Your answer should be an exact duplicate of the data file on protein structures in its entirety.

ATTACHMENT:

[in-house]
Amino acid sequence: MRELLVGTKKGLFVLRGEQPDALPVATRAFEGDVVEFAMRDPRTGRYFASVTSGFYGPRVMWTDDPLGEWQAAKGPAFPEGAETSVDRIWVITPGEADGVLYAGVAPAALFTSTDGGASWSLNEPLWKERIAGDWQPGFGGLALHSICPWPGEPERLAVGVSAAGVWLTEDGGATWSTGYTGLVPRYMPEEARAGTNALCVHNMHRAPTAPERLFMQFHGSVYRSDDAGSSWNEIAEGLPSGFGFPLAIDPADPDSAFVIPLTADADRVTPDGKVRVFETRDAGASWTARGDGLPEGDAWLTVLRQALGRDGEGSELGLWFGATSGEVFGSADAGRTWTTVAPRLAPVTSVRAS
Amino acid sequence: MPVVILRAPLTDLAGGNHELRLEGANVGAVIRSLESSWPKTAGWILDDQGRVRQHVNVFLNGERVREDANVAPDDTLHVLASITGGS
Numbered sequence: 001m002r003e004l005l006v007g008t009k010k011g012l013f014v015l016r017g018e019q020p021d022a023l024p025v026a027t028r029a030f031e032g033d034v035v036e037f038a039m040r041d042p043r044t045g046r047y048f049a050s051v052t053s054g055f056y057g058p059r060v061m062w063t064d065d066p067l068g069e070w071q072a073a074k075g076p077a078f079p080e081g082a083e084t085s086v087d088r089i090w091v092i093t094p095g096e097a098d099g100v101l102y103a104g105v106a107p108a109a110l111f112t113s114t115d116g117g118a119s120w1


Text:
[in-house]
Amino acid sequence: MRELLVGTKKGLFVLRGEQPDALPVATRAFEGDVVEFAMRDPRTGRYFASVTSGFYGPRVMWTDDPLGEWQAAKGPAFPEGAETSVDRIWVITPGEADGVLYAGVAPAALFTSTDGGASWSLNEPLWKERIAGDWQPGFGGLALHSICPWPGEPERLAVGVSAAGVWLTEDGGATWSTGYTGLVPRYMPEEARAGTNALCVHNMHRAPTAPERLFMQFHGSVYRSDDAGSSWNEIAEGLPSGFGFPLAIDPADPDSAFVIPLTADADRVTPDGKVRVFETRDAGASWTARGDGLPEGDAWLTVLRQALGRDGEGSELGLWFGATSGEVFGSADAGRTWTTVAPRLAPVTSVRAS
Amino acid sequence: MPVVILRAPLTDLAGGNHELRLEGANVGAVIRSLESSWPKTAGWILDDQGRVRQHVNVFLNGERVREDANVAPDDTLHVLASITGGS
Numbered sequence: 001m002r003e004l005l006v007g008t009k010k011g012l013f014v015l016r017g018e019q020p021d022a023l024p025v026a027t028r029a030f031e032g033d034v035v036e037f038a039m040r041d042p043r044t045g046r047y048f049a050s051v052t053s054g055f056y057g058p059r060v061m062w063t064d065d066p067l068g069e070w071q072a073a074k075g076p077a078f079p080e081g082a083e084t085s086v087d088r089i090w091v092i093t094p095g096e097a098d099g100v101l102y103a104g105v106a107p108a109a110l111f112t113s114t115d116g117g118a119s120w1